Redemptoris Missio 71bc: More On The Baptized Life

One of the fatal flaws of the average Christian is viewing their baptism as a membership ritual rather than as a sacrament of vocation. Maybe the problem letter in RCIA isn’t the “R,” but the “I.” Fraternities, country clubs, and other social groups have initiation. The Christian is baptized for life, wherever she or he may choose to live out that life. There is a vocation associated with it. Too many of us lay people miss it. But it has always been so.

It is clear that from the very origins of Christianity, the laity – as individuals, families, and entire communities – shared in spreading the faith. Pope Pius XII recalled this fact in his first encyclical on the missions,(Cf. Encyclical Letter Evangelii Praecones) in which he pointed out some instances of lay missions. In modern times, this active participation of lay men and women missionaries has not been lacking.

And not just in recent decades:

How can we forget the important role played by women: their work in the family, in schools, in political, social and cultural life, and especially their teaching of Christian doctrine?

Perhaps people in the mission apostolate deserve some higher ranking in the Martyrology. I think I would place them after martyrs and doctors, and ahead of clergy and religious founders.

Indeed, it is necessary to recognize – and it is a title of honor – that some churches owe their origins to the activity of lay men and women missionaries.

Vatican II recognized the centrality of the mission apostolate in an underdeveloped way:

The Second Vatican Council confirmed this tradition in its description of the missionary character of the entire People of God and of the apostolate of the laity in particular,(Cf. Lumen Gentium 17, 33ff ) emphasizing the specific contribution to missionary activity which they are called to make.(Cf. Ad Gentes, 35-36, 41)

Pope John Paul II offers a good self-quote:

The need for all the faithful to share in this responsibility is not merely a matter of making the apostolate more effective, it is a right and duty based on their baptismal dignity, whereby “the faithful participate, for their part, in the threefold mission of Christ as Priest, Prophet and King.”(Christifideles Laici 14) Therefore, “they are bound by the general obligation and they have the right, whether as individuals or in associations, to strive so that the divine message of salvation may be known and accepted by all people throughout the world. This obligation is all the more insistent in circumstances in which only through them are people able to hear the Gospel and to know Christ.” (canon law 225, 1; cf. Apostolicam Actuositatem 6, 13) Furthermore, because of their secular character, they especially are called “to seek the kingdom of God by engaging in temporal affairs and ordering these in accordance with the will of God.”(Lumen Gentium, 31; cf. canon law 225.2)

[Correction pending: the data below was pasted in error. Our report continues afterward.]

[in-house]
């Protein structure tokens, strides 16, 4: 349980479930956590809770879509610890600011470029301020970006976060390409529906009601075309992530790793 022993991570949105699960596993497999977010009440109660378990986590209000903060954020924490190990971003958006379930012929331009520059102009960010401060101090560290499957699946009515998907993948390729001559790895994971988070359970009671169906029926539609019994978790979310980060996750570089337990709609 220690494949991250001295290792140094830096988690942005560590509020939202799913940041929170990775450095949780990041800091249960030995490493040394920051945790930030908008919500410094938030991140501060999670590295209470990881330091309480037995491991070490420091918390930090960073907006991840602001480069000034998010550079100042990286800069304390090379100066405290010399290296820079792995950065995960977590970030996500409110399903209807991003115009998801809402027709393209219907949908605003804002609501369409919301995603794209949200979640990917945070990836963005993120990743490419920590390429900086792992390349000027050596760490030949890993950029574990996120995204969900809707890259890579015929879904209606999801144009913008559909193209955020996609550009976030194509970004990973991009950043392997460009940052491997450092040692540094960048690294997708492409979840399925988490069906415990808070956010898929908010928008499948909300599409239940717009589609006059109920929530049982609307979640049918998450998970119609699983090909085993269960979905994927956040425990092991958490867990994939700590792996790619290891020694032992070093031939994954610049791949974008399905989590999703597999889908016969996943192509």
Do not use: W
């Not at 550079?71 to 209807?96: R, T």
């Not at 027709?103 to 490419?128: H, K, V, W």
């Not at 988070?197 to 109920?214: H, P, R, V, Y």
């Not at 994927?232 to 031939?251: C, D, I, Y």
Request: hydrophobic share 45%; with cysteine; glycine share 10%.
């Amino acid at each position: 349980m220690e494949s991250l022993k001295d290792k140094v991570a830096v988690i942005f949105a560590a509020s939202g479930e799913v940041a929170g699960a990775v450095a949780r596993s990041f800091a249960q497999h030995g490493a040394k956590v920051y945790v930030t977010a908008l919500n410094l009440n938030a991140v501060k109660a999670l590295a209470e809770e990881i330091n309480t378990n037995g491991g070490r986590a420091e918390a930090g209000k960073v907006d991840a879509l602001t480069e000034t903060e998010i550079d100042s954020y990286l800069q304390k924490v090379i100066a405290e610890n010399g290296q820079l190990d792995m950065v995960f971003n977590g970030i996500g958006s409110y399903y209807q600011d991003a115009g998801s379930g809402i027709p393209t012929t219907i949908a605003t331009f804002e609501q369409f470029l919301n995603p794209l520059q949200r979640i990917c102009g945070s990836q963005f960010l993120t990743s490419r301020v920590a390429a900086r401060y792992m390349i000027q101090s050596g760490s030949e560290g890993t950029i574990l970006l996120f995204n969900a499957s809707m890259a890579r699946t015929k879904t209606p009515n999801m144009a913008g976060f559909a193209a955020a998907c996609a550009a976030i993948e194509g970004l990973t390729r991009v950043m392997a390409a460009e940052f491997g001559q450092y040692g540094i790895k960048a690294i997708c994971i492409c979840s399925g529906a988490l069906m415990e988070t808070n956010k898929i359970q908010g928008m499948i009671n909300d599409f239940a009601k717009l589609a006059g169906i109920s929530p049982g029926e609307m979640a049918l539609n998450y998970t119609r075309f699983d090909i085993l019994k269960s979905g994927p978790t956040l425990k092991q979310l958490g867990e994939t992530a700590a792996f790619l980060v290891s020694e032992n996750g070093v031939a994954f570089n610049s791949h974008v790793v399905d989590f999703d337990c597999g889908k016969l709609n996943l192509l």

“Duty” doesn’t quite complete the picture for me. It might be more accurate to say that the baptized lay person has a responsibility to live out her or his vocation by participating in the mission of the Lord. What do baptized Christians look like? It’s not the buildings they inhabit or the people they hang out with. It is about their actions. Specifically, I would ask, “How do you imitate Christ? How do you further his mission? You may profess a creed, and do so with some accuracy as the institution insists, but do you identify with an active, intentional Christianity? Or is it just about Sunday appearances?”

This document is available online here and is © Copyright – Libreria Editrice Vaticana


About catholicsensibility

Todd lives in Minnesota, serving a Catholic parish as a lay minister.
This entry was posted in evangelization, Redemptoris Missio. Bookmark the permalink.

Leave a Reply

Fill in your details below or click an icon to log in: Logo

You are commenting using your account. Log Out /  Change )

Google photo

You are commenting using your Google account. Log Out /  Change )

Twitter picture

You are commenting using your Twitter account. Log Out /  Change )

Facebook photo

You are commenting using your Facebook account. Log Out /  Change )

Connecting to %s